In general, speculative fiction in translation (SFT) accounts for a very small fraction of the fiction published in English each year. This past year was no exception: 50 books (novels, collections, and anthologies) and 80 short (standalone) works of SFT made their way to Anglophone readers. While this may not sound like much, it does signify a slow but steady increase in non-Anglophone speculative fiction since the turn of the century. Not since the 1960s and ’70s have we seen such an increase, and while I can’t point to any one factor as an explanation, I imagine that the unprecedented worldwide connectivity brought about by the internet at the end of the last century, coupled with the increase in small and micro-presses and magazines that regularly publish speculative fiction, may offer a partial answer. Perhaps another factor is the growing interest of speculative fiction fans in stories that are written from a non-Anglophone perspective.
While SFT comes to us from many different languages and nations, some continue to dominate year after year (Japanese, French, and Spanish). Japanese SFT made up the largest book-length chunk in 2019 (23.3%), with Chinese (11.6%), and French and German (9.3% each) coming in second and third, respectively. Short fiction, however, was dominated by Spanish (22.5%) stories, followed by Chinese (16.3), and Korean (15%). We can specifically thank Clarkesworld for the steady run of Chinese and Korean short SFT; Samovar and Future Science Fiction Digest, both relatively new publications dedicated to international speculative fiction, have brought us stories translated from the Italian, Russian, Swedish, and Chinese. The Dark Magazine has dedicated itself to regularly publishing Spanish SFT, which can also often be found in the pages of Latin American Literature Today. In fact, SFT can be found in many diverse places, from major presses to major SF magazines and everywhere in between.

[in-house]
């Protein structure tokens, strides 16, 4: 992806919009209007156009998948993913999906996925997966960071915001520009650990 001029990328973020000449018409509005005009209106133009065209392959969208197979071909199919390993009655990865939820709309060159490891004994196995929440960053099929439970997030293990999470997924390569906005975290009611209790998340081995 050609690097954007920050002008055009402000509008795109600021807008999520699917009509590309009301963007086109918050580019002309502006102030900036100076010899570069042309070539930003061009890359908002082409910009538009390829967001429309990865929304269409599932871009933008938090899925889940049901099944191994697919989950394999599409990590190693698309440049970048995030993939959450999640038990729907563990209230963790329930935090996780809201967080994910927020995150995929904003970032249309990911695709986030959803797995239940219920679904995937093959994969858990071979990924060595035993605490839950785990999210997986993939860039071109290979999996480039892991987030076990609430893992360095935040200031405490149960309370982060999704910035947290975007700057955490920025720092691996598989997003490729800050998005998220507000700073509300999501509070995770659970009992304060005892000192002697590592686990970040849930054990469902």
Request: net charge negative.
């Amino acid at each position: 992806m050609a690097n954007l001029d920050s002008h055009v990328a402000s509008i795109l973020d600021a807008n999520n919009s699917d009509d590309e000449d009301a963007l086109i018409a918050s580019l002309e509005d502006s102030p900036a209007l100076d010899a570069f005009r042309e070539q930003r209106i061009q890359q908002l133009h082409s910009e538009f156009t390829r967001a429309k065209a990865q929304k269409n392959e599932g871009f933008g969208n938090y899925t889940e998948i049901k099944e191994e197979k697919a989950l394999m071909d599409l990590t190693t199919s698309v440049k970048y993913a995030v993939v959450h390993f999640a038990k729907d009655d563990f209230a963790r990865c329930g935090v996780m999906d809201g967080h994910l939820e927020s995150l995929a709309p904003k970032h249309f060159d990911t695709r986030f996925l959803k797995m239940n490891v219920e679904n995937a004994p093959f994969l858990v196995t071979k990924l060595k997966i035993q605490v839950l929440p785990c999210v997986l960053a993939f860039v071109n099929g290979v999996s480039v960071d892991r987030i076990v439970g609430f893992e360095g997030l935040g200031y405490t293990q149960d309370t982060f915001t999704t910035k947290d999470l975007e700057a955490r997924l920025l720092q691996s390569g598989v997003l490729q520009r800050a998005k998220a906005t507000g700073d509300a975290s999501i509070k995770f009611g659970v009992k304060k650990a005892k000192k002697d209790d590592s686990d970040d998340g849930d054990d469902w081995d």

Of the novel-length SFT out in 2019, several texts stand out for their stylistic approaches and fresh takes on such contemporary issues as AI development and the cost of globalization. Chen Qiufan’s Waste Tide (translated by Ken Liu) addresses both of these in an ambitious story about the perils of hazardous e-waste in conjunction with the desperation and poverty fueled by unchecked global trade. Pola Oloixarac’s Dark Constellations (translated by Roy Kesey) similarly explores the dark side of bleeding-edge technology and its interactions with human beings, only here we jump around between continents and centuries. We also have Japanese steampunk à la Blade Runner in Rokuro Inui’s Automatic Eve (translated by Matt Treyvaud) and the last two books in Yoshiki Tanaka’s ten-novel Japanese space opera series Legend of the Galactic Heroes (both translated by Matt Treyvaud). Add in two works of alternate-world fantasies from Israel (Keren Landsman’s The Heart of the Circle, translated from the Hebrew by Daniella Zamir; and The Book of Disappearance by Ibtisam Azem, (translated from the Arabic by Sinan Antoon) and you start to get a better picture of the exciting variety now available to Anglophone readers. And did I mention Rodolfo Martinez’s Sherlock-Holmes-meets-Lovecraft novel The Wisdom of the Dead (translated by the author) or Rodrigo Fresan’s mesmerizing second-in-a-trilogy novel The Dreamed Part (translated by Will Vanderhyden)?